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I* StJBSCRIBERS SfOTE If you do not get your copy of rhe Reporter ,pn publication day, pleaee phone _NO 3-4066~— T H E REP O R T E R VOL. 9, NO. 43 — THURSDAY, JULY 12,1956 « Fastest Grovbing fSVeekly In Washtenaw County" 5c PER COPY — $2 PER TEAR Oliver Steiner Victorious; Doltetzky Scores Shut-Out Junior Judgments (Editor's Note —Las|' week's question to adults .aic|ised, so much interesting discussion that we thought it wotild be fun to pose it to the juniors this week. So here goes!) IF YOU WERE EKf; WOULD STQU RUN AGAIN? LIKE SANTA COMING IN JULY, good fortune struck all four of these Maple Road youngsters within just a few hours.of each other last week. Jim Eobinett, Belynne Fritz, David Fritz and Douglas Robinett all received brand new shiny bikes from their parents .. .. and great was the rejoicing along the block. One of the youngsters was actually celebrating a birthday .. .. and the other three bikes were apparently just added to help the celebration. i David Stump — No. y Ike is a good man, but there's fno telling what might happen! to his health if he tries to run again. Diane Stump I'd do just" exactly what my brother .says. Taylor Jacobsen — Y.je s, I would run. I can't think &f any special reason, except Jhat I would like to be ..resident! Tom Hoy — Yes, I would rim. When you're president, you get to take trips and things. And even if you do get sick, you get the best doctors and hospital care, so even if you expect to get sick, the job is still a good deal. David Sindlinger— I wouldn't run. I.would be afraid of getting beaten by the Democrats. I think Stevenson will beat him. Ray Schlaff — I would run. The job pays too much to pass it up. Mary Jo Fleming I would run. Ike has a good chance*-of winning, so how can he lose by running? Mary Soy — I would run. I would like the job for all the money it pays. Jim Klump — No, I wouldn't run. Four years on that kind of a job is plenty for anyone. anchester Schools Mold Annual Meeting Monday MANCHESTER — Approximately 40 persons attended the open meeting of the school- board on Monday evening held in place of the regular annual meeting of the district, no longer official under the new sch'ool law. _ Superintendent of Schools Robert Masten discussed'the improved curriculm and plans for next year's courses, and the financial report was read. The problem of space for the eighth grade next fall was discussed, and no decision reached. Two possibilities were offered. One was to divide the grade into two sections and open up_the' Rowes Corners rural school on Bleasant Lake Rd., and the Spa- ford School on M 11 for the two groups;- They would be trans-* ported by school buses. The other solution mentioned was to put the eighth grade in the high school building. - Census figures, completed on June 9, were announced at the meeting. ^There are at present 860 persons between the ages of five and 19 in vthe school district. This is an increase of 41 over last year. In the ages below five, there "are 361 children, an increase of 27 over last year. The report gives a total of 1,221 for all persons under age 19 in the school district, which includes the village and rural areas which have been annexed. Schedule Manchester District Vote On Annexation Of Pleasant Lake Oliver Steiner MANCHESTER — At a special "meeting of the Board of Education on July 10, it was decided to call a special election of the voters in the school district to vote on the annexation of Pleasant Lake to the Manchester District. Polls will be open from 1:00- p.m. to .8:00 p.m./July 25, at the high school. Pleasant Lake willJaold an election d*^to%the same hours to decide on joining the Manchester district. The Manchester School Board adopted a resolution on July 11 approving the .annex- ation of the Pleasant Lake School District, but -voters in the district must decide on assuming the "bonded endebted- ness of the Pleasant Lake Dis trict and ,raismg_tt3e_„ tax .limitation six mills. A spokesman for the Board said this last issue does not raise school taxes, but would be inclined to reduce them slightly. The citizen's committee, the School Board and the school administration have indicated they are in favor of the annexation, and that it would benefit both districts concerned. School Board Move YACKITY-YAK FROM ALL AROUND WASHTENAW FIELD WORKERS FOR THE W1)EPAR1MENT OF AG- RIGULTURE. headed by Dr. Donald Johnson, at the left, are malting another iatm- to if arm survey in the* battle against Brucellosis in Michigan dairy herds. With their trailer headquarters once again- set up - at the Saline Mercantile yards, the team is retracing last year's travels through the county, checking results of the culling of herds which followed that survey. ^Although actual statistics won't, be available until somewhat later, a spokesman for the group said that all findings in the connty this week indicate that the testing and culling program has been highly successful. The big question among business folks around- the county, this week is still "Where in the world will _the new Hoover plant be located?" ' That question won't be settled for some time, but meanwhile on a somewhat smaller, scale, several businesses in this' area have made changes which indicate considerable faith in the f uture. Keith Cammet, of Saline, has taken «ver the Marathon station on East Michigan in his, home town . . Frank Carter has moved into his handsome new Texaco station and repair shop on West Michigan . . Hubert Beach is now .operating his new $10,000 rig for the bulk hauling of milk . *. and Lauren Huber, Norman Feldkamp, Ken Spicer and John Marion are keeping busier than ever hauling Hubert's old route in addition to their own. Over in Clinton, Joan Walz Goodman has opened a brand- new beauty shop at 106 Tecumseh Street. Joan is the daughter of Mr. and Mrs. John Walz of Manchester, and chances are Lthat many of her Manchester friends will'be seeing her curls and facial fancy work. * * * . -_ It's good to hear that Paul Haller is ba,ck home now, jafter four months in the hospital He'll need some time before he|ll have recovered enough strength to get back at the furniture business . _ but he's taken the first big step now. ^ * * * A phone call from Mrs. Herbert Hinderer, Chelsea, tips us off that a new edition of the famous Rogers Corners Cook book is off the press and ready for sale. The recipe - loaded book may be bought by contacting 'either Mrs, Hinderer, ■ Mrs. Virgil Hines or Mrs. Henry Niehaus, of Chelsea, or Mrs. Gus Esch, of Manchester. * * * Mr. and Mrs. Heinie Ormsby, Burkhardt, Mr. and Mrs. Allie and Dory Graf, of still talking about the fishing trip which they recently enjoyed up in Canada. Heinie was the champion angler of the trip . . but he paid dearly for the title. -The trip happened to occur-at the height of the "no-see- it"*fly season, and the tiny critters bit Heinie so badly about eral -weeks in the Tecumseh Hospital. His "thank you" ad, to all those who had been so thoughtful of him during his recovery from that tractor accident, appeared in our last issue, and was the tip - off that he's back in action again. Carl Moehn, the Lindsley Road mailman, Saline, are says Ellsworth is looking just fine. * # * Another hospital case which Saline area folks are pulling for: John Klumpp, of the Saline Waterworks Road, -underwent sugery for a spinal ailment earlier this week, and last reports from the neighbors the eyes that he had to have listed "him as doing reasonably doctor's treatment for them. But fishermen are funny. "We had a wonderful time," says Heinie. And he means every word of it. * . * * * Grand reunion last Sunday at the home-of Dr. and Mrs. Haxold Miller, 'Saline! Son Dick arrived home for good that day, after serving out an army hitch in the Marshall Islands. Dick and his wife are living in the apartment over Dr. Miller's offices . . and come this fall, Dick will be heading back to college. His return coincided nicely with the 10 - day" leave which brought Jerry Miller back home to .Saline on July 3. Jerry is stationed at Jacksonville, Florida, with the navy. „ * * * Those of you who follow-our classified ads each week probably already realized that Ellsworth Lindsley is back-home in Saline Township, after-sev- well. * * * And to wind up this colfimn for another issue, here are two ice cream' social notes vto be added to the calendar, which appear elsewhere in the paper. They arrived too late to be included in the regular calendar this week. *• FRIDAY, JULY 20 — The Saline Band Patents Club will sponsor a social on the high school lawn starting at 6:00 p.m. Proceeds of the social will go into the fund for new band equipment, supplies and expenses. THURSDAY, AUGUST 2 — St James Evangelical .and Reformed Church, Saline Township, five miles wesfof Saline on U. S. 112. Barbecued chicken and barbecued hamburgers. Homemade hickory nut cake and other^jQavots _ -. ice. cream, coffee, soft drinks. Ba z a a r. Starts at 6:30 pjn. MANCHESTER — The Elementary school building, completed in 1949, was officially named "The Nellie Ackerson Elementary Sehool" at a meeting of the school board July 2. The resolution passed by the board is as follows: "Whereas in recognition of the fact that Nellie Ackerson has -given 47 years of outstanding and faithful service to the Manchester Public Schools, and community, whereas the Board of Education end all the students that have participated in her- classroom appreciate her fine contribution to the youth of this community, be it resolved that the elementary completed in 1949, facing Beau- iort St. from this time forward be officially known as the Nellie Ackerson Elementary School. Be it further resolved that a plaque bearing this name j be placed on the front of the building." | • MANCHESTER —Announcement of the appointment of six new teachers in kindergarten, and the elementary, intermediate and junior high schools has been announced by Robert Mas- ten, Superintendent of Schools. The list includes: Mrs. Susan Stanford, of Ann Arbor, for the junior high school; Mrs. Celes- tia Ingram, of Clinton, for the intermediate^ school; George Pier, of Jackson, for the intermediate school; and Mrs. Jeanette Wisner, of Clinton, and Mrs. Marvel Dermyer, .of Napoleon, in the elementary sehool. Mrs. Nadine polling, of Saline has been appointed to teach kindergarten. A total of six teachers are not returning next yfer. These include: Mrs.. Ralph Sharp, Mrs. William Peters, Mrs. Robert Altuher and- Rufus Gillam, Oliver Steiner, Lodi Township farmer, last Monday was elected to membership of the Saline Board of Education. He defeated Mrs. Bernice Merchant, incum-' bent, 104-67, in the only contest in the annual school election for the district. Saline area voters also balloted approval of the school ,. board's right to sell the building and grounds of the Jedele School on Waters Road in Lodi Township. The Dexter area voted-- continued support of Earl Doletzky, president Gf the school board. Up for re-election to the board, Doletzsky was unopposed, and garnered 33 out of the 35 votes cast in the election. The balance of two ballots were spoiled. Dexter district voters "also approved, by a 28-7 margin, a pro-, posal to permit the school board to sell six outlying school properties no longerin use. They include the Arnold, Coyle, Cushing, Gallagher, Mark Hawkins and Spiegelberg Schools. 35 Cared MANCHESTER — The no- contest election of school board members in the Manchester - School District on Monday brought out only 35 voters. / *" I_aurel Breitenwisher and iSo^ Ren Trolz, incumbents, were re*"* elected without opposition. This is the first election held under the new law which requires that petitions be filed for candidates in June to place their names on the ballot. This year petitions for Breitenwisher and Trolz were the only ones filed. Other members of the board, whose terms had not expired,, include: Luther Klager, Dan J. Bout..ell and Lauren F. Leeson. The board elects -its own. officers. Methodists Plan Outing SAI£CNE — A special outdoor service and Sunday School will be held by the congregation of the Methodist Church at the' Saline Valley *3. arms, July 22. The worship" service will.be at 10:00 aim, and Sunday School at* 11:00 a.m. A potluck picnic dinner will be served, and there will be planned recreation, including swimming, in the afternoon. "Tltf EXPECTING A RETURN VISIT," de- car. He's shown above, using a nozzle from one clares Howard Pingston, Dexter service station of the defunct pumps as a pointer^ white work- proprietor. Pingstou will always remember June, men hasten to get the station back in business 1958, as the month when a young Detroit lass again., made a clean sweep of his gas pump&^vith her* ':".'- -#'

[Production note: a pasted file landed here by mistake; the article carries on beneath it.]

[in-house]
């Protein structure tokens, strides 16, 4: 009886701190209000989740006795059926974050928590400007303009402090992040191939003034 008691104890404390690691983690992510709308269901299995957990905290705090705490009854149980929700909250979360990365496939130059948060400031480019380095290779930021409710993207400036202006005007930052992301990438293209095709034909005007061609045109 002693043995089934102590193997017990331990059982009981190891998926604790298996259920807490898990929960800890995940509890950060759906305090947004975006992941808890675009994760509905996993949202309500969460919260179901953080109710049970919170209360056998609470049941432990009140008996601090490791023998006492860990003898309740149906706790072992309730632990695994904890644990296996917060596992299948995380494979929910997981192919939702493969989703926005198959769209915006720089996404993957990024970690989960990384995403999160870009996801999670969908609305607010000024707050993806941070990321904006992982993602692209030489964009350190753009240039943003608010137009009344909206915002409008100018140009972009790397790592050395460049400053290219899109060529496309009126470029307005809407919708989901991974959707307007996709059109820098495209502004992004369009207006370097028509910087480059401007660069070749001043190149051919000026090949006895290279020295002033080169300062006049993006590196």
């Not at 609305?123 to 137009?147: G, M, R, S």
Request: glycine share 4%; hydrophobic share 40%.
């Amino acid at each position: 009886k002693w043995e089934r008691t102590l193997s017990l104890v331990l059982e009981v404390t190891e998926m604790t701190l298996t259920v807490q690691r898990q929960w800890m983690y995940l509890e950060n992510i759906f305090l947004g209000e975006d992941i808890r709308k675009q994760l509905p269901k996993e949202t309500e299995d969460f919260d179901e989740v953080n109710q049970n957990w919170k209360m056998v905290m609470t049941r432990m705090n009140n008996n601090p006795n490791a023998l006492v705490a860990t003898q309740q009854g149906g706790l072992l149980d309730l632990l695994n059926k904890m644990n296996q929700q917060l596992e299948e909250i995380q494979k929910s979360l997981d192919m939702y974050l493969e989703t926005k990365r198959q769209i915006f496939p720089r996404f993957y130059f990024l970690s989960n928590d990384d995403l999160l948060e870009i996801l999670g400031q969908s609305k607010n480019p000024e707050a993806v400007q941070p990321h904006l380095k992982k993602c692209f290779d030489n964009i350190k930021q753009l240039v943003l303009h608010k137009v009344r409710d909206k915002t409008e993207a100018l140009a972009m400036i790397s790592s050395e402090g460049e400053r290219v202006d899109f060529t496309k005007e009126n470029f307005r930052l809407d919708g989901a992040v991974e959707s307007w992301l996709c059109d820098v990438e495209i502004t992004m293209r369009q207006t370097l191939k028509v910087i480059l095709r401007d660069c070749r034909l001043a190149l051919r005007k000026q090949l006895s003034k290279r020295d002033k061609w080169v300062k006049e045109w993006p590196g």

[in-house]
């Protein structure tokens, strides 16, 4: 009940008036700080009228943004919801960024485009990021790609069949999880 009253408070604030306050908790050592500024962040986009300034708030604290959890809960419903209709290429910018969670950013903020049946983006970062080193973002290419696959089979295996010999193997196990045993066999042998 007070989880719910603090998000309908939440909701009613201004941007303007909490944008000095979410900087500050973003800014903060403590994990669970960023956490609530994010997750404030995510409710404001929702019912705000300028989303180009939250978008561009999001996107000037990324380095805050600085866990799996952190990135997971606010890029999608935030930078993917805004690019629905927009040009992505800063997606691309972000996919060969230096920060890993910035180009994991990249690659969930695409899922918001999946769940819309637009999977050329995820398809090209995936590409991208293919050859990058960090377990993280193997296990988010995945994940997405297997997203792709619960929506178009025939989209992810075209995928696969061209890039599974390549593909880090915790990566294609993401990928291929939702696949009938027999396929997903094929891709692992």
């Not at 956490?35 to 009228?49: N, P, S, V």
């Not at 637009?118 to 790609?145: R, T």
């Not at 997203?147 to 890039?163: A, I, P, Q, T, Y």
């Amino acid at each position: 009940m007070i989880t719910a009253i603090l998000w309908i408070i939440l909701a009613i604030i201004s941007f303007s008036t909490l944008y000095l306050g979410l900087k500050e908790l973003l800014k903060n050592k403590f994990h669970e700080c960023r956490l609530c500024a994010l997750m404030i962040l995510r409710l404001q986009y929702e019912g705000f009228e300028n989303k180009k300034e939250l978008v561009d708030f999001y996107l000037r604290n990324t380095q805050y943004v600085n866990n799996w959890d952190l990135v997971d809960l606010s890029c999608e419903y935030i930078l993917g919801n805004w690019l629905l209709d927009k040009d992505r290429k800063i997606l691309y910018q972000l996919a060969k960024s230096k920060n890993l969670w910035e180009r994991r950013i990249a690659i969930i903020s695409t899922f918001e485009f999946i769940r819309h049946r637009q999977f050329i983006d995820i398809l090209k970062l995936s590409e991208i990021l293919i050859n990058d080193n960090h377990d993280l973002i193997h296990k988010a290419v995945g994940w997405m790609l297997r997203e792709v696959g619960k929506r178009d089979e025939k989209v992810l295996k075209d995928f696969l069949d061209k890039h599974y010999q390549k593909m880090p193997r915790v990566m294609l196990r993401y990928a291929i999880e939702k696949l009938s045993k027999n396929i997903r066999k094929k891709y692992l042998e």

|Description||An issue of a Washtenaw County, Michigan newspaper. Published weekly in Ann Arbor. Initial date of publication unknown, likely began in 1947. Earlier issues covered the entire county. Later issues focused primarily on the town of Saline. In May 1958, the newspaper offices moved to Saline and the title of the publication changed to Saline Reporter.|
|Subject/Keywords||Washtenaw County (Mich.) Newspapers; Saline (Mich.) Newspapers;|
|Copyright Permission||This material is in the public domain.|